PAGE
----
They wait. Wives and husbands, children, siblings, parents. They wait, hoping, praying, the knock on the door never comes -- the knock that means their loved ones are coming home for the final time in a flag-draped casket. So many families have seen the men and women they love go off to war over and over, in the longest wars the United States has ever fought.
Iraq and Afghanistan: nine years and counting of seemingly endless and brutal wars. Stories of casualties in faraway countries are broadcast almost daily in the media. Unless one hits close to home, news of the war dead or wounded is digested with other routine news of the day. Less frequently featured are the families of the deployed. Many quietly endure, making the best of a difficult and painful situation without their family member. The military has recognized that supporting families of the deployed is essential in keeping troops focused on their mission.
So has the church.
The length of the conflicts has given rise to a number of organizations that undergird military families with spiritual, practical and emotional support. Most are seldom in the spotlight, their good works known only to members and grateful families. Many of these organizations are Catholic-sponsored, or have Catholic members. Catholic organizations have a long history of supporting members of the military in various ways. Opinions of whether the conflict falls under the just-war social teachings are put aside as they strive to serve those in battle and those left behind.
|Judy Gross also wrote a story on military chaplains for our Sept. 3 issue: Spiritual leaders in the battle zones |
The Military Council of Catholic Women Worldwide operates chapels on military bases for spouses of those serving, either in this country or overseas. The council is sponsored by the U.S. Army Chief of Chaplains within the Department of the Army, but serves all branches of active duty military: Army, Navy, Coast Guard, Marines and Air Force. It began on Army posts in Germany, found its way to the United States in the 1970s and united in 2006 as a worldwide organization serving U.S. military personnel.
The council’s mission is primarily to be “the visible presence of Christ to the military,” through fostering and nourishing women in spirituality, leadership and service to those serving and their families. The council also helps women transition as they move from base to base, through their program Seeds Scattered and Sown. “We take their information (new location, family information, specific needs requests, arrival and departure dates, and the like) and we forward the information to their gaining post or base. This way we ensure that someone is waiting for them when they arrive,” Lisa Miklos, past president of the council, told NCR.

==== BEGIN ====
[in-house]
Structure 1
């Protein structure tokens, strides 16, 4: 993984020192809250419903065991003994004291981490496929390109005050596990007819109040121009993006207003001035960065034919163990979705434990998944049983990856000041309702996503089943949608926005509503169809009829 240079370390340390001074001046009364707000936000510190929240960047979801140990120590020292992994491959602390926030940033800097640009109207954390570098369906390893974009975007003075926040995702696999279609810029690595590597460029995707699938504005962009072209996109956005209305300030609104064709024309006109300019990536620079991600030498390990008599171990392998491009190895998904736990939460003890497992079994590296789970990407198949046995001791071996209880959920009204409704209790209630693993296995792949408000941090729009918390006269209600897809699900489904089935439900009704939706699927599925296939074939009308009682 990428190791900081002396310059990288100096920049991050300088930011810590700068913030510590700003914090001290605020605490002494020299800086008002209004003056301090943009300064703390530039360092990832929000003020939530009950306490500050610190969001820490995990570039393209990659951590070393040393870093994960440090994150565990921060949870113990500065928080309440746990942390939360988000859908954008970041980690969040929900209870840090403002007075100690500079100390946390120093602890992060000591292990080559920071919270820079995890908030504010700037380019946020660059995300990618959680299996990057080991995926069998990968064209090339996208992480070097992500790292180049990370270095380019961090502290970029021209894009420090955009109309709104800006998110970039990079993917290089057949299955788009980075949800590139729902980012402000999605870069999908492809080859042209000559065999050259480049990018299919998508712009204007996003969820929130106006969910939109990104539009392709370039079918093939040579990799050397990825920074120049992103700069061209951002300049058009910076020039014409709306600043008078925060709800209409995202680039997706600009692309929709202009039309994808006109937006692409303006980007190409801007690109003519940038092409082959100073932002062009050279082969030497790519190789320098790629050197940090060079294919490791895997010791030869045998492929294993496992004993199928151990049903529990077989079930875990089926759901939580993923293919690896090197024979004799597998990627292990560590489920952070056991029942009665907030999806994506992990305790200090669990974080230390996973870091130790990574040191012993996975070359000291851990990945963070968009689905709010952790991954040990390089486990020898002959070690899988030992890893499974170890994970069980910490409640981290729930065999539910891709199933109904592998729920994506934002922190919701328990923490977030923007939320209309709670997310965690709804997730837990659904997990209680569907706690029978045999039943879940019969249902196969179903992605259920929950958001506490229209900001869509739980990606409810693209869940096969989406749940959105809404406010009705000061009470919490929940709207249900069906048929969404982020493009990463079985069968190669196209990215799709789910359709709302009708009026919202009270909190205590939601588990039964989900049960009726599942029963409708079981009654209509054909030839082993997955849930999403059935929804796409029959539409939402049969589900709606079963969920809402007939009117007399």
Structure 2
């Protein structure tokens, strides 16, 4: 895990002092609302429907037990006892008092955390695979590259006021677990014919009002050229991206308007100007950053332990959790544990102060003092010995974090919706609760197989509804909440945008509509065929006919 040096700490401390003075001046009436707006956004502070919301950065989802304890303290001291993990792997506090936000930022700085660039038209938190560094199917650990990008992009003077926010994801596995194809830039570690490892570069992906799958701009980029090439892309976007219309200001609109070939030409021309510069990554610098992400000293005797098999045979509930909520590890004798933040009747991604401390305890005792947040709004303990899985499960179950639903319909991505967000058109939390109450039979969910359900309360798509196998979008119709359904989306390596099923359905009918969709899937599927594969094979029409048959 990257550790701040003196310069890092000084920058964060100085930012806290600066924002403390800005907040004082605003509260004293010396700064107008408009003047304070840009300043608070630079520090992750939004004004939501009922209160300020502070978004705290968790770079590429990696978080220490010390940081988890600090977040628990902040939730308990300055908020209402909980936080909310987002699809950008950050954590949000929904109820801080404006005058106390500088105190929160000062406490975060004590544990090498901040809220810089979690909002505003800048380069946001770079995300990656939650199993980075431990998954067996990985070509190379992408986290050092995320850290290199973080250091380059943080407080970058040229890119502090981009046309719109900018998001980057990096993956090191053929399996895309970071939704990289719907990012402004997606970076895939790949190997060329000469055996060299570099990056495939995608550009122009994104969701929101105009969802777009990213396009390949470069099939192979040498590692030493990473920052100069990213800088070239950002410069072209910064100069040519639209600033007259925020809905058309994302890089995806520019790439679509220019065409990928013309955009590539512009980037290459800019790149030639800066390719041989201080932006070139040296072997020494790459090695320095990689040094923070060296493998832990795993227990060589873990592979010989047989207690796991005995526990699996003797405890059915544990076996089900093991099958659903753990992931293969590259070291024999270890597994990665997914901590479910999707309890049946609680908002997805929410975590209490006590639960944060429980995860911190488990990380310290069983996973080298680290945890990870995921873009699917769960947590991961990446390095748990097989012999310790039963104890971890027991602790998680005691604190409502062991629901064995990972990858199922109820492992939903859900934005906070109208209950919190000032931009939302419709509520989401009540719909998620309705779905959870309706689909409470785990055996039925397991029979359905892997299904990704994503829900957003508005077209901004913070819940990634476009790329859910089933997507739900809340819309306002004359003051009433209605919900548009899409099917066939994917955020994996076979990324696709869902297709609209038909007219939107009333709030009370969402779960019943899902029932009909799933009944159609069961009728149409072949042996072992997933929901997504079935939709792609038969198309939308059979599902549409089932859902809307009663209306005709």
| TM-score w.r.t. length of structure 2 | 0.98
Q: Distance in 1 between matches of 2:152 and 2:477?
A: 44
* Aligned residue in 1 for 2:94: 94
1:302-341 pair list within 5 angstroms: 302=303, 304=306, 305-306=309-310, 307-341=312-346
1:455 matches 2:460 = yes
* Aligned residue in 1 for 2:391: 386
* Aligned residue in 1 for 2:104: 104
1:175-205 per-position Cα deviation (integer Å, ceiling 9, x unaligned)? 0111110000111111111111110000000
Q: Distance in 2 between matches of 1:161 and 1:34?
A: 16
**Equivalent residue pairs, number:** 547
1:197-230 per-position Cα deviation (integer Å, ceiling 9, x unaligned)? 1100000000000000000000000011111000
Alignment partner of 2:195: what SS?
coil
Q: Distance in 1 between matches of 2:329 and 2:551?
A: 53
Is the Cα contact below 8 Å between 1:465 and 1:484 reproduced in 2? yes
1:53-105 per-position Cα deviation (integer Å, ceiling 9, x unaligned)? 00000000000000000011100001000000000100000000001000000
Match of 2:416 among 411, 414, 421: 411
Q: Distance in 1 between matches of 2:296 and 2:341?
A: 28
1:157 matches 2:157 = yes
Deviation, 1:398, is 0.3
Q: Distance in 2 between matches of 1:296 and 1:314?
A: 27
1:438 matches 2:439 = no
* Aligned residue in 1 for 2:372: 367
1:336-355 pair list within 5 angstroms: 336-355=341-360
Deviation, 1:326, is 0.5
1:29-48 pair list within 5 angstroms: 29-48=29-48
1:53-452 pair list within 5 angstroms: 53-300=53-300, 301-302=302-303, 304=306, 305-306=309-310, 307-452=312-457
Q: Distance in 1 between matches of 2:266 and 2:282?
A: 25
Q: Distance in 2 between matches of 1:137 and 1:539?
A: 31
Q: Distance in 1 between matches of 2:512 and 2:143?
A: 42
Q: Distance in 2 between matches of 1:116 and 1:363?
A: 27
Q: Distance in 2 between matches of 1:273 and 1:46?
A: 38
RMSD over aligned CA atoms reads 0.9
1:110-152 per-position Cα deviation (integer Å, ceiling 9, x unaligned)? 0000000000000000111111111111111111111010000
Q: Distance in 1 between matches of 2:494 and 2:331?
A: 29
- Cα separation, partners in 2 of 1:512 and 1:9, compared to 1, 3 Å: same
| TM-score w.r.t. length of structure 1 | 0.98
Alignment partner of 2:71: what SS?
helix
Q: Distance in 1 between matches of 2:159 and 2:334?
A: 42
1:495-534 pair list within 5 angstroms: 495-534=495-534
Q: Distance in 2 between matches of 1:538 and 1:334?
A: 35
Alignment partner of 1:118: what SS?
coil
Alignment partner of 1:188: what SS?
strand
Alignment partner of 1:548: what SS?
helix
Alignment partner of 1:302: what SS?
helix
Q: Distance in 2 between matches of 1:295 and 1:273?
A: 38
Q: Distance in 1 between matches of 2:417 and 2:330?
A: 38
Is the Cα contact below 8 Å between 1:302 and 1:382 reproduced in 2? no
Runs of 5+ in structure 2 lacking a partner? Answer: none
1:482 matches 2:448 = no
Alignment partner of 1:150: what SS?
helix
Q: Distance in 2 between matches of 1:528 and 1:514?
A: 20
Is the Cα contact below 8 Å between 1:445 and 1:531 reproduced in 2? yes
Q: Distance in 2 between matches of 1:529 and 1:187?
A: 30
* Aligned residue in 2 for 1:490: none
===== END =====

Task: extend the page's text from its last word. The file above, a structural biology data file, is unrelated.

Miklos, now residing at Fort Hamilton, N.Y., has been a military wife since 1978 and says, “I have found a home within MCCW in each of our duty stations. My family has been and remains active in our chapel community.” Her husband, currently stationed in Iraq, has made the Army a career. He began as an enlisted private and worked his way up to colonel, so she understands firsthand the concerns of military wives. The Miklos family has moved at least 20 times in the 32 years her husband has been in the Army.
As the numbers of those engaged in the wars have expanded, more than half of all of the currently deployed troops are married, presenting quality-of-life issues the military has had to face head-on. A goal of the military machine in this country is to recruit and retain as many personnel as possible. As a result, more programs and help have evolved to support families during deployment, as a way of keeping warriors focused and in the military.
The National Military Family Association was formed in 1969 by a handful of military wives who wanted to make sure their widowed friends had what they needed. Small but effective, in two years they lobbied and succeeded in having the Survivor Benefit Plan become law. Now the association offers programs to children and spouses with resources and information.
A 2009 study commissioned by the group revealed children are profoundly affected by a parent’s deployment. The Rand Corporation study showed older youths are especially prone to behavioral and emotional difficulties, symptoms of anxiety and problems in school. The conclusion was that children of mentally healthy caregivers are “better able to cope with the deployment experience,” as are children living on base before and during deployment.